I am using the 20th year remembrance of the death of Clifton Hillegass as inspiration to make a larger point about the direction an author’s life can take.
Clifton (pictured above is his statue in Kearney, NE) was the creator of CliffsNotes and passed away in Lincoln, Nebraska, at the age of 83 on May 5, 2001.
I assume most of you reading this post are aware of CliffsNotes and also of how much some educators and literature purists hated them and how much their students loved them. But you might be interested to know Clifton Hillegass’s original intent for the summary books was to point out the subtleties and nuances of great literature that might have been lost on a high-school or college student. He was a lover of great literature and plays, with no intention of diminishing them in any way.
To make a long story short, instead of CliffsNotes being used to illuminate, they were used instead of reading the actual book. So the apparent “scourge” of CliffsNotes rampaged over the decades, now consisting of 300+ titles with sales exceeding 100 million copies worldwide. In 1999, a similar type of product, SparkNotes started and is currently owned and sold by Barnes & Noble Bookstores.
By the way, there is a CliffsNotes version of the Old Testament, New Testament, and the complete Bible. Think of the time you can save!
So what’s the point today?
It doesn’t matter what your original purpose was for writing. You will be defined and directed by what you are successful doing. Even mild success has this effect.
In one sense, writing is no different than any other profession or pursuit. You might start out desiring something specific for your life and find a measure of success doing something else. Many people start off doing what they are educated and trained to do; but through success, end up doing something else for their lifework.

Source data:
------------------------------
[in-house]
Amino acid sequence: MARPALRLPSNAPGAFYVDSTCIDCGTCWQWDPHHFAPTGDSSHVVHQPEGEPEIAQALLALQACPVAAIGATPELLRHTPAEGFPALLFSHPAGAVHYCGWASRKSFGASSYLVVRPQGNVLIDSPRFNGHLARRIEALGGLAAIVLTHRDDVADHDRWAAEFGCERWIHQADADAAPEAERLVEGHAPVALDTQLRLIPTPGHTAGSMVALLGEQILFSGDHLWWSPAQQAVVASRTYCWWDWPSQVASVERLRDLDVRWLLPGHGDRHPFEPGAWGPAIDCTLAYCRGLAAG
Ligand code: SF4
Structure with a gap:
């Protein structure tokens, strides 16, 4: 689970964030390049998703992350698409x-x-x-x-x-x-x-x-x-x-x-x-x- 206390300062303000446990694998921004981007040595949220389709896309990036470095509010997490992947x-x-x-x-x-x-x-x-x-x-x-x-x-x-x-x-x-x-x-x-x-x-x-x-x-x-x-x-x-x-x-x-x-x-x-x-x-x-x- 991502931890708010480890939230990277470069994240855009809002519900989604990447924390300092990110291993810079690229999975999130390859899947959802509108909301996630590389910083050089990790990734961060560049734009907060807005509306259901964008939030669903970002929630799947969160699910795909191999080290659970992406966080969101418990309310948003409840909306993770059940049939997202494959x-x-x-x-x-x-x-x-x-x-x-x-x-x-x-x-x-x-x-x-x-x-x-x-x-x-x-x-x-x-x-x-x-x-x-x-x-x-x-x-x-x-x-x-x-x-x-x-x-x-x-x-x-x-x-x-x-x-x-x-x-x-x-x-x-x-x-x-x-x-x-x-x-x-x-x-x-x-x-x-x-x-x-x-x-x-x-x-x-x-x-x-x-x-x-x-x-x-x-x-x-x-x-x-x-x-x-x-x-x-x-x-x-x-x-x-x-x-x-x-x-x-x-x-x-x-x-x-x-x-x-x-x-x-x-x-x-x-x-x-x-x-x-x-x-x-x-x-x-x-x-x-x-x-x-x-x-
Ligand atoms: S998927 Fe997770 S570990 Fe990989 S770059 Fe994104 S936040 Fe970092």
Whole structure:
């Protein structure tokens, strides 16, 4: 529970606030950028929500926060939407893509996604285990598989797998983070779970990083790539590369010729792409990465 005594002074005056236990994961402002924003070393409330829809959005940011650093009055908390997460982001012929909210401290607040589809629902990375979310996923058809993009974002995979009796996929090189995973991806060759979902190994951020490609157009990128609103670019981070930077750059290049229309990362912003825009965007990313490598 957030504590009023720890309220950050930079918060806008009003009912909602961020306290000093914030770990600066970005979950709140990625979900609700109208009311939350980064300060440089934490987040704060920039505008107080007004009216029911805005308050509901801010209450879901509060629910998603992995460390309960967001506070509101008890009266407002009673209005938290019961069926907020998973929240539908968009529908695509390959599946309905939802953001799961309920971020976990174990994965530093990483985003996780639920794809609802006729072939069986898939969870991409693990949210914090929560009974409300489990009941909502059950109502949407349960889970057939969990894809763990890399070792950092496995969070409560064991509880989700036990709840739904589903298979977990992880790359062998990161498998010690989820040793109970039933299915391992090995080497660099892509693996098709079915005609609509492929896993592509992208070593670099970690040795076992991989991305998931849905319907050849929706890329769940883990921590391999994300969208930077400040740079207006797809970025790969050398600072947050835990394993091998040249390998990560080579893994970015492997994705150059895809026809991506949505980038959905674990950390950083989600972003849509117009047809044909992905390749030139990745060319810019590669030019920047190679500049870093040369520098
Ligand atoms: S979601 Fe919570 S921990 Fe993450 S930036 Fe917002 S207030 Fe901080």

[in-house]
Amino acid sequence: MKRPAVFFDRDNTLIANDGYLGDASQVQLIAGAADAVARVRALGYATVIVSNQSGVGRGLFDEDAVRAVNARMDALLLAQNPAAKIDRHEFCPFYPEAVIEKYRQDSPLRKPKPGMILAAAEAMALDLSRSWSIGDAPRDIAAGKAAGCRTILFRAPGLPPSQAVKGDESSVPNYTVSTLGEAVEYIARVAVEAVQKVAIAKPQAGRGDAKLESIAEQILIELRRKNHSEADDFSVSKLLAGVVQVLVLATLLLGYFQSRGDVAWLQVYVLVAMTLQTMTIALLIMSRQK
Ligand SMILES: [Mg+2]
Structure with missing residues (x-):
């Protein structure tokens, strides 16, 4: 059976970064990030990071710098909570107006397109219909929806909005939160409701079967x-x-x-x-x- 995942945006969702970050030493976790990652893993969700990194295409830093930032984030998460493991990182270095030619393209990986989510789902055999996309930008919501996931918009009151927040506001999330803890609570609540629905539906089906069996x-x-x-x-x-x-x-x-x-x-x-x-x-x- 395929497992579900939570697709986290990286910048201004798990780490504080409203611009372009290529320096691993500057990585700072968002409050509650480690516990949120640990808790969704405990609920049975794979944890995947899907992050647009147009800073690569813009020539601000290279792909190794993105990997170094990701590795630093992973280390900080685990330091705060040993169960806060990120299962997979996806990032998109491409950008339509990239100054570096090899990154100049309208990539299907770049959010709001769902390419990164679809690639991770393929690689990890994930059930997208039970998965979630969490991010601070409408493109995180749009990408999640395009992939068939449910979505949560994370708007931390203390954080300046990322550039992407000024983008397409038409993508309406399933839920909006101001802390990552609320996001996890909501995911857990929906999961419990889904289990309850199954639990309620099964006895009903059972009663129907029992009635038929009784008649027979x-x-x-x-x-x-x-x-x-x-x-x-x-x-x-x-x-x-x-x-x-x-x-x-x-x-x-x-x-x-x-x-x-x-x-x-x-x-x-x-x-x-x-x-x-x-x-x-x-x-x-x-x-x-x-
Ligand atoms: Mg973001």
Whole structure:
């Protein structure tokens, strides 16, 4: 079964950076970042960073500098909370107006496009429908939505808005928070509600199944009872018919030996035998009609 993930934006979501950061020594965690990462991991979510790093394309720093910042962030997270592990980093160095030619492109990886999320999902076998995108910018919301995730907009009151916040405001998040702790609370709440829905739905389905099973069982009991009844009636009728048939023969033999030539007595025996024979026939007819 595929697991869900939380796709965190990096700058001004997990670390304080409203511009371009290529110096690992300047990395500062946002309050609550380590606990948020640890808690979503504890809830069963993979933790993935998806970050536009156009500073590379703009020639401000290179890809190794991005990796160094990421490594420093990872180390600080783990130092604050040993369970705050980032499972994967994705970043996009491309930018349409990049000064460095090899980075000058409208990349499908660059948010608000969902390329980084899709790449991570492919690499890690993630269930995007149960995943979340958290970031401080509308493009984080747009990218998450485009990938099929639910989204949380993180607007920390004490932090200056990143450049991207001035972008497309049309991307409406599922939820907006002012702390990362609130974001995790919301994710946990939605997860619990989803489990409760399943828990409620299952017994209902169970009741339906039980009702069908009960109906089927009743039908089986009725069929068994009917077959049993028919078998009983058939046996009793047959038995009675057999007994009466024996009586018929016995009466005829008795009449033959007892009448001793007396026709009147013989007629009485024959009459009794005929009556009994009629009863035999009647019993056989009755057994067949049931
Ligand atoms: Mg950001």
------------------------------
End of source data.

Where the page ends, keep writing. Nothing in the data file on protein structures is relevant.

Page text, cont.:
If you notice, I am not using theological words like predestined or gifted. Things like this are not always that dramatically spiritual. However, your life journey is never a mystery to God!
You had an idea. But God had a little different idea, involving a bit of Proverbs 16:9:
In their hearts, humans plan their course, but the LORD establishes their steps (NIV).
And also a good dose of Romans 8:28:
And we know that in all things God works for the good of those who love him, who have been called according to his purpose (NIV).
There are pastors who started out ministering to their congregation, but found themselves with a fertile ministry in a specific area. Then after focusing their efforts there, they are heretofore known primarily by that fruitful ministry. They held tight to God’s providence, but loose to their plans.
Our future on this earth is driven far more by what God allows to be fruit-bearing than by what we want to be successful doing. Doesn’t mean you don’t have a vision behind what you do. Just don’t be surprised if God does something with your writing and life different than you originally planned.
Keep your mission big and eternal. Keep your plans small and flexible.